I think BK regards inanimate objects as the extrinsic appearance of the thoughts of M@L with no subjectivity of their own (even a relative state of unconsciousness), because their boundaries are arbitrary. Eg if a rock is crushed up into 1000 bits, does that mean a single state of relative unconsciousness is split up into 1000 such states? He argues in this paper (https://philpapers.org/rec/KASTUI) that the "'relative arbitrariness in the way we delineate their boundaries renders inanimate objects problematic candidates for the revealed appearance of alters of cosmic consciousness."

Incidentally, in the same paper BK gives more reasoning for his view that 'metabolizing organisms' are the level at which alter formation occurs:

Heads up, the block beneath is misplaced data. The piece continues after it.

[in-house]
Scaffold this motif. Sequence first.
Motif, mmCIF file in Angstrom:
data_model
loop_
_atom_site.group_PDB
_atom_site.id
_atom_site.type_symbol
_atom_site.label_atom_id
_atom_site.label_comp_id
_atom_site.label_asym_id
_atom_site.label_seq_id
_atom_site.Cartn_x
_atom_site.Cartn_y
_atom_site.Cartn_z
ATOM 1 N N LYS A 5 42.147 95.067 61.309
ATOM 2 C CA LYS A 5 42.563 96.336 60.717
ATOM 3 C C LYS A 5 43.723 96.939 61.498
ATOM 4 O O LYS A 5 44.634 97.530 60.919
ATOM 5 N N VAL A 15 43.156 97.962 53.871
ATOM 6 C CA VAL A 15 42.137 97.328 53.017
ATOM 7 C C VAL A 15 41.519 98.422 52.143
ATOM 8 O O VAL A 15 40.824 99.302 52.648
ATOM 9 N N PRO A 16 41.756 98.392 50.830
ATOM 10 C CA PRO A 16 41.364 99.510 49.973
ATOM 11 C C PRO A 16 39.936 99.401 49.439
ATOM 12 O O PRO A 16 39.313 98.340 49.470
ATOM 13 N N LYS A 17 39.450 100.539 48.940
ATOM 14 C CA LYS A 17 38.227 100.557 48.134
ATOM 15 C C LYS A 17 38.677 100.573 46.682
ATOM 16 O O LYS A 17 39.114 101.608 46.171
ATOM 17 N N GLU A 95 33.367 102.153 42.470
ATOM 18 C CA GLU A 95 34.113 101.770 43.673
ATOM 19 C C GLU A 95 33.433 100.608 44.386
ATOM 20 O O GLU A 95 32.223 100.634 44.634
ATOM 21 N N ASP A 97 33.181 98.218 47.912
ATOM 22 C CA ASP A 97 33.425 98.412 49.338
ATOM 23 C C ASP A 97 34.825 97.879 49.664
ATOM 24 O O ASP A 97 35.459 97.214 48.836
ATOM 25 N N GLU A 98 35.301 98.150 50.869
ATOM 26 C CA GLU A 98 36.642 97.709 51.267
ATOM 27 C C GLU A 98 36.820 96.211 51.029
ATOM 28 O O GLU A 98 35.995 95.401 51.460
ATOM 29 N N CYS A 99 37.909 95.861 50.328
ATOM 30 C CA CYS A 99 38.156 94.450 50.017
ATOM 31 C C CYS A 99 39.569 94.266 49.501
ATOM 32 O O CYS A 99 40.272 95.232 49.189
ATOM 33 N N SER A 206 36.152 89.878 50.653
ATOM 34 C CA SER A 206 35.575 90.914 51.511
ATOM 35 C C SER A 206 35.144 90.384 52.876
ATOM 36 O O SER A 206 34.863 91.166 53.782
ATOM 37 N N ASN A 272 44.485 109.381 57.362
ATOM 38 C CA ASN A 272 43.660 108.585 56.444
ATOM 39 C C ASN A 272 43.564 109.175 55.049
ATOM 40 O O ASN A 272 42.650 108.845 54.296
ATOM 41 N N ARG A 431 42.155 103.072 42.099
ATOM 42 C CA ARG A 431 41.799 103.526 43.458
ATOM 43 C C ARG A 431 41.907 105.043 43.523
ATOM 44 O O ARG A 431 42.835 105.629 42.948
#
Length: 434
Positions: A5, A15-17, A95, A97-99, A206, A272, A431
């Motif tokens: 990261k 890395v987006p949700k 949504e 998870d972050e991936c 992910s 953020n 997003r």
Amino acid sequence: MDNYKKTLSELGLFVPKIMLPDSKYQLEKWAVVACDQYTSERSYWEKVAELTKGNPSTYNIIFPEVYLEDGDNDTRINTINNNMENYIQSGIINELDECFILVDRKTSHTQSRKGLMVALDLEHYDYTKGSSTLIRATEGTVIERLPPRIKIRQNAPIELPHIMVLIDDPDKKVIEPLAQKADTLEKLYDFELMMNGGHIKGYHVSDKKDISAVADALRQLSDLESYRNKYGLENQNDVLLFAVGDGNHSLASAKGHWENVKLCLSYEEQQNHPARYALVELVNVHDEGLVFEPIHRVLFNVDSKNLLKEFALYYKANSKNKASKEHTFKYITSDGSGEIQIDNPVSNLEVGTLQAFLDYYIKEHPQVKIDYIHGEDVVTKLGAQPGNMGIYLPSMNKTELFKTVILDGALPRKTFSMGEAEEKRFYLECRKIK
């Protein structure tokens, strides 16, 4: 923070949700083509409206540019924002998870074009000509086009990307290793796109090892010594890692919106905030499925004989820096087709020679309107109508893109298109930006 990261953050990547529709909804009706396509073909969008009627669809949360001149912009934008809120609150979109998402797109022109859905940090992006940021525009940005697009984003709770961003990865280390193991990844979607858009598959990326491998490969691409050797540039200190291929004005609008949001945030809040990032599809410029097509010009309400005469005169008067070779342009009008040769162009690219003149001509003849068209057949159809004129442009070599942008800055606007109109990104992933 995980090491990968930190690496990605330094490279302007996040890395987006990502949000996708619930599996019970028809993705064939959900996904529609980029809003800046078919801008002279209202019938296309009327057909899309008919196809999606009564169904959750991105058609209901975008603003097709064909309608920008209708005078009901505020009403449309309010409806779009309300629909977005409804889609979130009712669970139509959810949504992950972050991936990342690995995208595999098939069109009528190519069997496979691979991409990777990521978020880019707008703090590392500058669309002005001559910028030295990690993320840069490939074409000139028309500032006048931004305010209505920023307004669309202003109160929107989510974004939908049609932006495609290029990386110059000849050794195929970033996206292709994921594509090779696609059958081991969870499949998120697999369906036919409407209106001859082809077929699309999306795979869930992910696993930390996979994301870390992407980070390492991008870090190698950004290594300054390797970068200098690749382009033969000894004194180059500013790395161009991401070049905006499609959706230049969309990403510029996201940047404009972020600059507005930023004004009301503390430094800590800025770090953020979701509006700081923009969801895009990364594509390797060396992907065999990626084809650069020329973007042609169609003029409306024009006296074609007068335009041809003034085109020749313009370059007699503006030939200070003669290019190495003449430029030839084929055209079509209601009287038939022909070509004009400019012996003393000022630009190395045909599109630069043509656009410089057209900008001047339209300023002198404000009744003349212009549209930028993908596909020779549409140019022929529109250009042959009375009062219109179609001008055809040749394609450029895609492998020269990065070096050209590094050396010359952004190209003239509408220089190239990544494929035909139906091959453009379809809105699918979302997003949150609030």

"But can we assume that all living creatures have phenomenal inner
life? I believe we can: in so far as it resembles our own, the extrinsic
behaviour of all metabolizing organisms is suggestive of their having
dissociated phenomenal fields analogous to ours in some sense. This
is obvious enough for cats and dogs, but what about plants and single celled
organisms such as amoebae? Well, consider this: ‘many types
of amoeba construct glassy shells by picking up sand grains from the
mud in which they live. The typical Difflugia shell, for example, is
shaped like a vase, and has a remarkable symmetry’ (Ford, 2010, p.
26). As for plants, many recent studies have reported on their
surprisingly sophisticated behaviour, leading even to a proposal for a
new field of scientific enquiry boldly called ‘plant neurobiology’
(Brenner et al., 2006). Clearly, thus, even plants and single-celled
organisms exhibit extrinsic behaviour somewhat analogous to our
own, further suggesting that they, too, have dissociated phenomenal